Exploring Pompeii with kids

The ancient city of Pompeii, under the looming shadow of (what remains of) Mount Vesuvius, was not precisely as we imagined it. The layout, exhibits, and interpretive materials were not clearly marked, and it took some persistence to find what we were looking for (and even then, we missed things). It’s also most certainly a lengthy and expensive commute from Rome. All this said, we were glad we went. Here’s what to expect if you make the day trip:


From Naples, Pompeii is a short and simple metro/train ride away. It won’t, however, be a terribly pleasant one. We found that the local train system that connects the central train terminal in Naples to the outskirts (where you’ll find Pompeii) to be a bit grimy, even as far as metros go. Don’t expect a cushy journey, and do expect a lot of stops. However, it’s a straight line to the Pompeii Scavi stop (the second of two that are listed as Pompeii), and once deposited there, you’re directly in front of the ticket booth and entrance. In the Naples train station, head downstairs for their metro line, and buy tickets at the kiosk. At the time of our visit, metro tickets were €2,50 each (each way).


If you’re coming from Rome, as we were, you’ll first need to take the fast train from Rome’s Termini station, operated by TrenItalia. We took several journeys on this line, and both were very pleasant. The train is very fast, very comfortable, and yes, a bit expensive. You’ll want to book your tickets for this leg of the trip ahead of time. You can print these tickets at home (you’ll want it to show a bar code) or at the station, using one of the many TrenItalia kiosks. At the time of our visit, tickets for this leg of the flight were approximately €25 each.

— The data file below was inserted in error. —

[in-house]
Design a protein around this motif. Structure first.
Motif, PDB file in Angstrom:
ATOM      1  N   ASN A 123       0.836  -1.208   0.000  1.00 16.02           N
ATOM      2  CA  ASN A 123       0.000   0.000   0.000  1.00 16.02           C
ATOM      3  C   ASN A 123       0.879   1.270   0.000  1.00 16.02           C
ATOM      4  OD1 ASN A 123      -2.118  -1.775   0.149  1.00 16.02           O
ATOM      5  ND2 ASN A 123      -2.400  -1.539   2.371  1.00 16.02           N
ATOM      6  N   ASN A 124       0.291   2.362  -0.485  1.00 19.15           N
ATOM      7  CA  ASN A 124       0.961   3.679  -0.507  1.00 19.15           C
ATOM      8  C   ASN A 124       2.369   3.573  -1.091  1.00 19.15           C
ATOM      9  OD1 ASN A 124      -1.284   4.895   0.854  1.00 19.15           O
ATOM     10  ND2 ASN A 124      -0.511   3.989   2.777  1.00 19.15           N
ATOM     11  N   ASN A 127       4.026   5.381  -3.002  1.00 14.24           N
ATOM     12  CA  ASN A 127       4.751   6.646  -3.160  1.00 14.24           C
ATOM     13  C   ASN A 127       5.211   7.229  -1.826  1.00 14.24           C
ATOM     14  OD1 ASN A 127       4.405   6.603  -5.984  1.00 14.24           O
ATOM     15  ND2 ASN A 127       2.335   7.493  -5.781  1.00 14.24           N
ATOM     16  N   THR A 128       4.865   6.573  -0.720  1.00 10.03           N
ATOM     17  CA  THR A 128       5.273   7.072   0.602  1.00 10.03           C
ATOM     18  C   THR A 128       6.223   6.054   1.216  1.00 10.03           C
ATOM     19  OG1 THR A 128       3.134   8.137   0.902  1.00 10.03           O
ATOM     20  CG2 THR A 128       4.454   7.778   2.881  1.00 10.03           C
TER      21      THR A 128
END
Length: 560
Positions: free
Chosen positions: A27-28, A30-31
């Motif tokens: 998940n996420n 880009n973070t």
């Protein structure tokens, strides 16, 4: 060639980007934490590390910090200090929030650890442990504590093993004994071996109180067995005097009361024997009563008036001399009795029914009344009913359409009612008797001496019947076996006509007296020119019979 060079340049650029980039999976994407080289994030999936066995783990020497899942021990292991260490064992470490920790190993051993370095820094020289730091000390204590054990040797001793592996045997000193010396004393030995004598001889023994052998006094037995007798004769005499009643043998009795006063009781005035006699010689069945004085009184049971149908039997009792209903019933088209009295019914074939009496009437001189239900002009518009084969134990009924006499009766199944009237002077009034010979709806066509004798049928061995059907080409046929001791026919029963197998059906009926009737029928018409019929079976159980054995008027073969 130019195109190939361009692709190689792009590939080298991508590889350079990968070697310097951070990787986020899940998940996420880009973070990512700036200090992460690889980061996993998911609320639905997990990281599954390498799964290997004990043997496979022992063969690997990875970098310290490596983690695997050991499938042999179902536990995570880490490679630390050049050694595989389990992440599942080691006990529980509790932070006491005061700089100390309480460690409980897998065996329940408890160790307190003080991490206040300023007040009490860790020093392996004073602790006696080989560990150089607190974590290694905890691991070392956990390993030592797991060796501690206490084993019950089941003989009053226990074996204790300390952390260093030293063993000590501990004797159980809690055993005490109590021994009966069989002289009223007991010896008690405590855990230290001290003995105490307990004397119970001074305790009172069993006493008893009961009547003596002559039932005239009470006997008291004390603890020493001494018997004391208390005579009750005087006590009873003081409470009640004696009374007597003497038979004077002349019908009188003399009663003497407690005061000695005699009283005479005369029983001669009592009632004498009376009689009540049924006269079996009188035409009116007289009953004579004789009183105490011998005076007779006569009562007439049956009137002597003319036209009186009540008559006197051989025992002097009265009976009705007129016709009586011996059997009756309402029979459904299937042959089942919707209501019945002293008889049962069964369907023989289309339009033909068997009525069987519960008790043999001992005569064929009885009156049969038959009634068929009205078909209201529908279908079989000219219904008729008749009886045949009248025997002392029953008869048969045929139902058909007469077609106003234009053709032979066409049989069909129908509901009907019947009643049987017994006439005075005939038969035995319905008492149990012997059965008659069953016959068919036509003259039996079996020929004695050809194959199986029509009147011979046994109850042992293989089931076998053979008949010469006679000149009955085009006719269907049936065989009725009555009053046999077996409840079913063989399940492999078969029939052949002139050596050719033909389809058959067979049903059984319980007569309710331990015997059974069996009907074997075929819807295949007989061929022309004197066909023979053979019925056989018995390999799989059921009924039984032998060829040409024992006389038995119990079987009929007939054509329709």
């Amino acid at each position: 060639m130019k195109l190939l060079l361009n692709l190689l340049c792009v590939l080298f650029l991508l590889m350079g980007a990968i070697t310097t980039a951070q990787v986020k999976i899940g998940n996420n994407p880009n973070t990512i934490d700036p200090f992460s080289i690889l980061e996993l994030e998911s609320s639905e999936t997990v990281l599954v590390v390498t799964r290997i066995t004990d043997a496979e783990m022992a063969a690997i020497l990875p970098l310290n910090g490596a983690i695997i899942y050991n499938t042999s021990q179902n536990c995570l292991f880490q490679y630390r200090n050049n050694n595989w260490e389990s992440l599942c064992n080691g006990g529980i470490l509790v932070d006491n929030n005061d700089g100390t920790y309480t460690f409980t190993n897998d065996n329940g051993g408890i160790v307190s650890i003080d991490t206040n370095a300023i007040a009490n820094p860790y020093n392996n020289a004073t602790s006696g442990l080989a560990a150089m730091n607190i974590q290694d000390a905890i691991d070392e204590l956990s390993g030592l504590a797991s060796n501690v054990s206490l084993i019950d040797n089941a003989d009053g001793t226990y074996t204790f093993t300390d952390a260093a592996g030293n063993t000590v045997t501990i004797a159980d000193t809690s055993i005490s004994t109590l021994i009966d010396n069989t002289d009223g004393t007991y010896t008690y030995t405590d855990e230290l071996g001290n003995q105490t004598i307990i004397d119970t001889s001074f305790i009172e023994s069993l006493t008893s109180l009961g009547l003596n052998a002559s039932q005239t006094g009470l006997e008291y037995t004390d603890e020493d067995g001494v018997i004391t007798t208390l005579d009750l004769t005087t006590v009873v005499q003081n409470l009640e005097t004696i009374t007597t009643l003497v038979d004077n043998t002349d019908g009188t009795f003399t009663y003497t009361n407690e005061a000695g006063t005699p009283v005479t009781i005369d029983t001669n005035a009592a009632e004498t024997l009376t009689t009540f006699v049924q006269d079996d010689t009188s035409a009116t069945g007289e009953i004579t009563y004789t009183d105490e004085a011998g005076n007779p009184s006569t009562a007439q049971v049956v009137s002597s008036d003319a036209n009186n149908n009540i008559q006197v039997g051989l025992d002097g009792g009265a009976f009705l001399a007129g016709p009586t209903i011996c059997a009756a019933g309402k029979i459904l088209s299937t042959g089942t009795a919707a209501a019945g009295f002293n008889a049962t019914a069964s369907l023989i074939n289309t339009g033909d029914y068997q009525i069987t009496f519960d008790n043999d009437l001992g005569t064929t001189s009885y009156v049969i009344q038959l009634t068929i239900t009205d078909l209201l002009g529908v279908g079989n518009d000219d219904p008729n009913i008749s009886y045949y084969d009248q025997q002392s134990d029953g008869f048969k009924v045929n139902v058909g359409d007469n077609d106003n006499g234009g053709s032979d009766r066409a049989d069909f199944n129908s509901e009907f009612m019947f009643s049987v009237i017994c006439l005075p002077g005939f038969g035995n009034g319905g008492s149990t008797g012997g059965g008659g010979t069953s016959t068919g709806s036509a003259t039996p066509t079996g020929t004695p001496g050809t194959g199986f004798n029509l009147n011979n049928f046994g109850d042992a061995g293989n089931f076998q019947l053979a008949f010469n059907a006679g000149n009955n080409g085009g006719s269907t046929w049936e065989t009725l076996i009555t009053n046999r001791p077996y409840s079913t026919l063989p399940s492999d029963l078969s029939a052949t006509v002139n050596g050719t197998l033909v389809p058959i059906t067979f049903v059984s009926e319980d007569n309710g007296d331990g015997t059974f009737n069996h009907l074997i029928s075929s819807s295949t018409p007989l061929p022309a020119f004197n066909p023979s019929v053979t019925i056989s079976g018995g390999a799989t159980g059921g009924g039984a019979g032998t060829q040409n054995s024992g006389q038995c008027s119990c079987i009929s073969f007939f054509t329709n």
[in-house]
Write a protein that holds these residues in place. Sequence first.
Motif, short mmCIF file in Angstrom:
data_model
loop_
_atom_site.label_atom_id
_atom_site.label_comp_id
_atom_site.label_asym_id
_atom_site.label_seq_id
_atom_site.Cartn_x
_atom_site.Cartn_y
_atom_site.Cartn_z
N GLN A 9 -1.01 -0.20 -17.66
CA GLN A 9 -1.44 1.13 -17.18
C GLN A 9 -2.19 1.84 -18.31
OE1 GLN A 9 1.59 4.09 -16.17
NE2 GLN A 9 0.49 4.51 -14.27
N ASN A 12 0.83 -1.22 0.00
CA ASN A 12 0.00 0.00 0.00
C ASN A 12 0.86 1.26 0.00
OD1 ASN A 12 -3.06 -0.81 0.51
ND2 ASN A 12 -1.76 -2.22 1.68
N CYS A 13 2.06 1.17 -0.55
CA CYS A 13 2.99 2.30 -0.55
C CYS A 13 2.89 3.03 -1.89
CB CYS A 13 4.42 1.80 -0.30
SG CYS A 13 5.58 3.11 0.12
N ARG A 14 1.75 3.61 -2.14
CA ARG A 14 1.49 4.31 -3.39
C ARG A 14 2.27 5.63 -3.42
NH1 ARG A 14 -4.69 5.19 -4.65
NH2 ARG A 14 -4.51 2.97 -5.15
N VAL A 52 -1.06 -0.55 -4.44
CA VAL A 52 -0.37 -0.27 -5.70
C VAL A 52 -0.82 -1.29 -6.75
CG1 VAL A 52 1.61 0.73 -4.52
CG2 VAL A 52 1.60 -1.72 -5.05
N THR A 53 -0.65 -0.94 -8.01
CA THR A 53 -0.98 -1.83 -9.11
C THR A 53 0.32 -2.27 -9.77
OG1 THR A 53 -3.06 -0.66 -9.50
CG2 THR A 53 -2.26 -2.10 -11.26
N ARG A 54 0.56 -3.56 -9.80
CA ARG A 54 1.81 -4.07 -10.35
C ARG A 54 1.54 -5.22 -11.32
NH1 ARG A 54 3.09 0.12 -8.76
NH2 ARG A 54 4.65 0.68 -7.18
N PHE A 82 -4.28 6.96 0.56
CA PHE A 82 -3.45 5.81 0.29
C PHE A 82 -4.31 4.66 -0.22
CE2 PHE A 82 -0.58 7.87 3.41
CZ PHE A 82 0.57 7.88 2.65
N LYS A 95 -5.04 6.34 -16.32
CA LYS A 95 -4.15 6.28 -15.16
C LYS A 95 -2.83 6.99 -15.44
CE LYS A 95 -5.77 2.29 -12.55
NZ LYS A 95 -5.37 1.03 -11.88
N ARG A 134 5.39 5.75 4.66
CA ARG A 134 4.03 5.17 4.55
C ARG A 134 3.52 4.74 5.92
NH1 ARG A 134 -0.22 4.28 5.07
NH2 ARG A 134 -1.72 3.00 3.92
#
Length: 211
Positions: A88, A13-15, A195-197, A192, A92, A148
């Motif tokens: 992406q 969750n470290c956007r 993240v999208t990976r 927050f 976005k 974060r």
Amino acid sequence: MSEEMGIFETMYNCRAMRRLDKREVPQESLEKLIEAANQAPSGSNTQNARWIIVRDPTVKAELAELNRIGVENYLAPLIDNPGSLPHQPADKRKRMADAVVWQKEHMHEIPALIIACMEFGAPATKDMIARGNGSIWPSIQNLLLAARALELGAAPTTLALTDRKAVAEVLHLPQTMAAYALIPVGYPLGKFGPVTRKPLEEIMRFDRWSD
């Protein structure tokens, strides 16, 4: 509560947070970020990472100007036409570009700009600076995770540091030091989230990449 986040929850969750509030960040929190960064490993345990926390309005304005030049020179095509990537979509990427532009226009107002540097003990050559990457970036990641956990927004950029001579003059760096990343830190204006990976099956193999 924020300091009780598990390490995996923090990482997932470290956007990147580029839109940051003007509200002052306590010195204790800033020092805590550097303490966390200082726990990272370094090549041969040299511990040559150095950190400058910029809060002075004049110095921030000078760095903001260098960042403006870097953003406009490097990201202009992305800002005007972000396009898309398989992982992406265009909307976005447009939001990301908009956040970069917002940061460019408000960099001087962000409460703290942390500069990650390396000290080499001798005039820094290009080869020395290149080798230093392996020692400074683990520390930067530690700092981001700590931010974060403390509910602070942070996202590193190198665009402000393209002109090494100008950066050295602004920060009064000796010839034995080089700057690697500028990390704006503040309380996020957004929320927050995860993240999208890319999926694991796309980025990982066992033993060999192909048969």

Once at the Pompeii stop, you’ll see a line of food stalls, as well as a small cafe and vending machines. Pick up some water if you need some. Tickets for entry to the Pompeii ruins are just a few yards away, at the official ticketing booth. Don’t buy at the train station…this is a scam. There’s another entrance by Pompeii’s amphitheater, for those with tickets bought online. The ticket line is sometimes long, but it moves pretty fast. This is a good time to eat a quick snack.


There are also audio guides for 5 euros each. We picked these up, and while the audio program has some flaws, we still felt it to be money well-spent. First, the flaws: the locations where you can listen to information are numbered, but they’re pretty haphazard (don’t expect it to go numerically very often). Also, many descriptions instruct the user to ‘step inside’ to see certain artifacts or architecture, or to turn down this or that hallway. In reality, many of the dwellings in Pompeii are gated to the public. You can look in, but not step in (there are exceptions I’ll describe below). All this said, if you go with the flow and listen as you wish (and as you see numbers), you’ll learn a lot. We really liked the actual information presented. It was interesting to kids, too.

Once in the Pompeii ruins, visitors are left to their own devices to wander at will. This is both a blessing and a curse. It’s nice to have the freedom to explore on one’s own, in whatever direction desired, but it can also mean you’ll miss things. There are maps available, but they’re not terribly user-friendly. It’s best to enter and make your own path, listening as you go. Depending on which entrance you come through, you’ll either be near the basilica (meeting space) and forum by the main Porta Marina entrance, or by the amphitheater. Either way, here’s what not to miss: